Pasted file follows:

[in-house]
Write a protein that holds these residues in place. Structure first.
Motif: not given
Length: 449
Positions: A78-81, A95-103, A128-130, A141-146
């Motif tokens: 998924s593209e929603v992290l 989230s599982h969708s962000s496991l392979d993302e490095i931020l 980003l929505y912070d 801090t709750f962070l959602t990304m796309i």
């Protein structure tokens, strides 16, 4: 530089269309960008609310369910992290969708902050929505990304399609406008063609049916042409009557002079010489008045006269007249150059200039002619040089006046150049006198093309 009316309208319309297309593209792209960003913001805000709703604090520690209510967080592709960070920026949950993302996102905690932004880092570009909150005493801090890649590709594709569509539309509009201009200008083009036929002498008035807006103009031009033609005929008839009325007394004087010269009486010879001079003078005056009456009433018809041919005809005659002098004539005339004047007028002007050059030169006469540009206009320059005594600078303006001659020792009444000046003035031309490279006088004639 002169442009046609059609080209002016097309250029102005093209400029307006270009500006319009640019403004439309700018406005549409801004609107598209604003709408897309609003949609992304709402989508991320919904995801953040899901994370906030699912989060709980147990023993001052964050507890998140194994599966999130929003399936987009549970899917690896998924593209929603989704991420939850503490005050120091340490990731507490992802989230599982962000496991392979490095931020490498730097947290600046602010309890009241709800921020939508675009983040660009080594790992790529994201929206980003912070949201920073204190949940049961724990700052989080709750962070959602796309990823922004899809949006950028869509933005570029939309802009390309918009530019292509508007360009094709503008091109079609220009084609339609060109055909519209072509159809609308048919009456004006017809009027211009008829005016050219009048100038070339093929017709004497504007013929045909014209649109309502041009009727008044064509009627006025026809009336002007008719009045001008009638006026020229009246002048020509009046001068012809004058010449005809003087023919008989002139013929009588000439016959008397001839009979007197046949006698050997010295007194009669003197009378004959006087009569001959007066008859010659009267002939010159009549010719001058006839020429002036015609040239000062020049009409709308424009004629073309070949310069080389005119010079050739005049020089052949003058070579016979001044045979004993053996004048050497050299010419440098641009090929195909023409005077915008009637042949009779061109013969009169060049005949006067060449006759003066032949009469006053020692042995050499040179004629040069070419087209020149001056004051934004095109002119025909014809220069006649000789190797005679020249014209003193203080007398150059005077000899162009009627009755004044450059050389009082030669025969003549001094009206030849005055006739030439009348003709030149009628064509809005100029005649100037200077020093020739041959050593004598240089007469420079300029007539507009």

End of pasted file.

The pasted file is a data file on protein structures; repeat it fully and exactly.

[in-house]
Write a protein that holds these residues in place. Structure first.
Motif: not given
Length: 449
Positions: A78-81, A95-103, A128-130, A141-146
């Motif tokens: 998924s593209e929603v992290l 989230s599982h969708s962000s496991l392979d993302e490095i931020l 980003l929505y912070d 801090t709750f962070l959602t990304m796309i």
């Protein structure tokens, strides 16, 4: 530089269309960008609310369910992290969708902050929505990304399609406008063609049916042409009557002079010489008045006269007249150059200039002619040089006046150049006198093309 009316309208319309297309593209792209960003913001805000709703604090520690209510967080592709960070920026949950993302996102905690932004880092570009909150005493801090890649590709594709569509539309509009201009200008083009036929002498008035807006103009031009033609005929008839009325007394004087010269009486010879001079003078005056009456009433018809041919005809005659002098004539005339004047007028002007050059030169006469540009206009320059005594600078303006001659020792009444000046003035031309490279006088004639 002169442009046609059609080209002016097309250029102005093209400029307006270009500006319009640019403004439309700018406005549409801004609107598209604003709408897309609003949609992304709402989508991320919904995801953040899901994370906030699912989060709980147990023993001052964050507890998140194994599966999130929003399936987009549970899917690896998924593209929603989704991420939850503490005050120091340490990731507490992802989230599982962000496991392979490095931020490498730097947290600046602010309890009241709800921020939508675009983040660009080594790992790529994201929206980003912070949201920073204190949940049961724990700052989080709750962070959602796309990823922004899809949006950028869509933005570029939309802009390309918009530019292509508007360009094709503008091109079609220009084609339609060109055909519209072509159809609308048919009456004006017809009027211009008829005016050219009048100038070339093929017709004497504007013929045909014209649109309502041009009727008044064509009627006025026809009336002007008719009045001008009638006026020229009246002048020509009046001068012809004058010449005809003087023919008989002139013929009588000439016959008397001839009979007197046949006698050997010295007194009669003197009378004959006087009569001959007066008859010659009267002939010159009549010719001058006839020429002036015609040239000062020049009409709308424009004629073309070949310069080389005119010079050739005049020089052949003058070579016979001044045979004993053996004048050497050299010419440098641009090929195909023409005077915008009637042949009779061109013969009169060049005949006067060449006759003066032949009469006053020692042995050499040179004629040069070419087209020149001056004051934004095109002119025909014809220069006649000789190797005679020249014209003193203080007398150059005077000899162009009627009755004044450059050389009082030669025969003549001094009206030849005055006739030439009348003709030149009628064509809005100029005649100037200077020093020739041959050593004598240089007469420079300029007539507009």